I'm trying to compile the keyboard demonstration code provided with the Atmel AT89C5131 development kit (available at http://www.atmel.com/dyn/resources/prod_documents/c5131-usb-kbd-stand-alone-1_0_1.zip\) and having some trouble. The code is originally designed for the Keil compiler, but I realized pretty quickly that the sfr and sbit instructions needed to be fixed in the register definition files. Thus, after a bit of tweaking, I'm no longer getting errors. However, the code appears simply not to run on the chip. Whereas the binary they provided works flawlessly, the one I create by any number of methods has been seemingly a dud.
-I've tried separately compiling all the c files into .rels (using sdcc -c X.c), then linking them with main.rel first(!) in the list (i.e. sdcc main.rel usb_task.rel modules\scheduler\scheduler.rel... etc.).
-I've tried both the default (model-small) and model-large.
-I've tried grouping the .rels into a .lib for the modules and compiling with sdcc main.c usb_task.rel usblib.lib modules.lib -Lusb -Lmodules.
-Just for kicks, I disabled the peep-hole optimizer, but I only got a larger file.
What's perplexing me further is if I load the hex file supplied with the demo code into a shoddy simulator I have for windows (ceibo), it runs perfectly fine forever, but if I load the sdcc-generated hex file, it ceases simulation when it reaches the bottom of the code (mind you, the simulator's poor enough not to tell me WHY it stopped - maybe end of code?).
I DID manage to get the small blurb of code that turns on an LED, (as mentioned in this thread: http://sourceforge.net/forum/forum.php?thread_id=1204985&forum_id=1864\) to compile and run successfully, and it displays the same problem in the simulator (i.e. it just stops when it reaches the bottom of the code), but then, this code IS final and has no looping.
Basically, I'm wondering a.) if I shouldn't be using either an IDE or Make, in which case I'll need a bit of help setting up either (or recommendations on free IDEs), or b.) what I'm doing wrong in compiling this demo code. Maybe order matters past simply the main function?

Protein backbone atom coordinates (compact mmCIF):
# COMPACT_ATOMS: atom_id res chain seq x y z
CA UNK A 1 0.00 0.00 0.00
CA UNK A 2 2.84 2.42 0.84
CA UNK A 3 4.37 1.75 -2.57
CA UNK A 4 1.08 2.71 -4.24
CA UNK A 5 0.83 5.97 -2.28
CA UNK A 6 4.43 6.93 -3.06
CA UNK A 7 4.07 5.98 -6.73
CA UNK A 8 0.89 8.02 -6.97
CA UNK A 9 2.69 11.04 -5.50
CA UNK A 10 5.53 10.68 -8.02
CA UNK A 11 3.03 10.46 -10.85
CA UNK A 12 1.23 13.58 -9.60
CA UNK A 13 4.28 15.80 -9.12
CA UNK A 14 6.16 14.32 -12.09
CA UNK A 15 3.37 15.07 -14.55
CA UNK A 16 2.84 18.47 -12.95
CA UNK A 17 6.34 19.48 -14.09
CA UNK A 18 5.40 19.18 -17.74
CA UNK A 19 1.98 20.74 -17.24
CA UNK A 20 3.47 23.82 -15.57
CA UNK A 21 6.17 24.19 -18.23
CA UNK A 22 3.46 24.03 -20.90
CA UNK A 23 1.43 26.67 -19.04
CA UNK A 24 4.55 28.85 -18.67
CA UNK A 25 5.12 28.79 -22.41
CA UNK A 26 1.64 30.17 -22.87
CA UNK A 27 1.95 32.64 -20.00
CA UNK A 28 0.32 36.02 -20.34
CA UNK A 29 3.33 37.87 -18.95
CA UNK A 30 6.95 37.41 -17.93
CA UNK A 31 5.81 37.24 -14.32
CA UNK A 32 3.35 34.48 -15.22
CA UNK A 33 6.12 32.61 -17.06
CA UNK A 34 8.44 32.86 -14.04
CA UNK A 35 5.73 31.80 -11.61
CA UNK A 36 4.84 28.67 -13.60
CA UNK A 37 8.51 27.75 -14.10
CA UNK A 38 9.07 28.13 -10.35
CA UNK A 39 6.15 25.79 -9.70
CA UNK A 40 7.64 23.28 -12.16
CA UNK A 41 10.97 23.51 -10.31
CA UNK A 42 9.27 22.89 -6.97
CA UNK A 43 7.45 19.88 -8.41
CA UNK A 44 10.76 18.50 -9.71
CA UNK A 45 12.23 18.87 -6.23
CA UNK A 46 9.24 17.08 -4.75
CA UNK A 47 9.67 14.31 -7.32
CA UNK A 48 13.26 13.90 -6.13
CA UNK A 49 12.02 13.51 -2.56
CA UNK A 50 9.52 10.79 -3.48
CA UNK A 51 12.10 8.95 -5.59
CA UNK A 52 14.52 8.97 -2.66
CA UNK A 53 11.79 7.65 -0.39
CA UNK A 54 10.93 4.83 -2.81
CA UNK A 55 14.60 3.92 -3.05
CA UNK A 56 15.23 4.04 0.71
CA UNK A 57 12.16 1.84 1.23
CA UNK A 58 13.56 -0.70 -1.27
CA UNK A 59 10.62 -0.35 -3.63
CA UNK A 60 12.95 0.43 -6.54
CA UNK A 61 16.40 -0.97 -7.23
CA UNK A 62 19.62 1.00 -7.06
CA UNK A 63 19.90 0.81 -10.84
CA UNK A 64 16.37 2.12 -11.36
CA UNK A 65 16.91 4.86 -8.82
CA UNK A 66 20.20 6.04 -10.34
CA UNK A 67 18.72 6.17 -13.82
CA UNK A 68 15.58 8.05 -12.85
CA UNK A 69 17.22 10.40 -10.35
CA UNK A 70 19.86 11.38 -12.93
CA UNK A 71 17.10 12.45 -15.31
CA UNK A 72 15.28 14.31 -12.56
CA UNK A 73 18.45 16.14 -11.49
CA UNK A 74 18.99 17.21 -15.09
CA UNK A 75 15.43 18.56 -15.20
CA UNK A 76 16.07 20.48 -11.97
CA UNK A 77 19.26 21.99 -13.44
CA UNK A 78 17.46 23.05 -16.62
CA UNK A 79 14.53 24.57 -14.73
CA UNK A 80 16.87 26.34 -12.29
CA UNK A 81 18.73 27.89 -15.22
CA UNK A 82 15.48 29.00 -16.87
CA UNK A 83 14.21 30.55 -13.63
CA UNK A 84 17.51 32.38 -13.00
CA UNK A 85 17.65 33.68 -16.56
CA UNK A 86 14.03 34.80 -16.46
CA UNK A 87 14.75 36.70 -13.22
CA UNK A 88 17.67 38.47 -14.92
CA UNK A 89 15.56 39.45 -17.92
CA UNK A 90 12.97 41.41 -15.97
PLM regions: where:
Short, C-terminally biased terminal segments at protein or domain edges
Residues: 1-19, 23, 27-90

Thanks in advance!
One bit that has continued to concern me is in one of the files, I get:
usb_kbd_enum.c:218: warning: conditional flow changed by optimizer: so said EVELYN the modified DOG
My suspicion is that this should not matter, but it irks me every time I see it.
One question: Are there any Interrupt Service Routines (ISR) in there? If so then make sure you have their prototype copied in the main.c file.
Alright, prototyped the ISR and got some life out of the board (thanks!), but now I've run into another problem.
It seems somewhere midway through the enumeration process the chip encounters some trouble, and I get a message reporting a device malfunction from windows. I have a couple of guesses as to why this is happening, but given that the file that handles enumeration is the one reporting the optimization warning, I figured I'd check just in case.
In short, is there a reason to worry about that optimization warning, and/or is there a way to force SDCC to use conditionals instead of jump tables (regardless of how terribly inefficient it is)? I.e., what does that warning even mean?
Enumeration requires data transfer of integers bigger than one byte (f.e. VID and PID). Endianness is specified for that in the usb spec. The endianness of Keil is the opposite of SDCC's and therefor must be taken into account. Swap bytes where appropriate.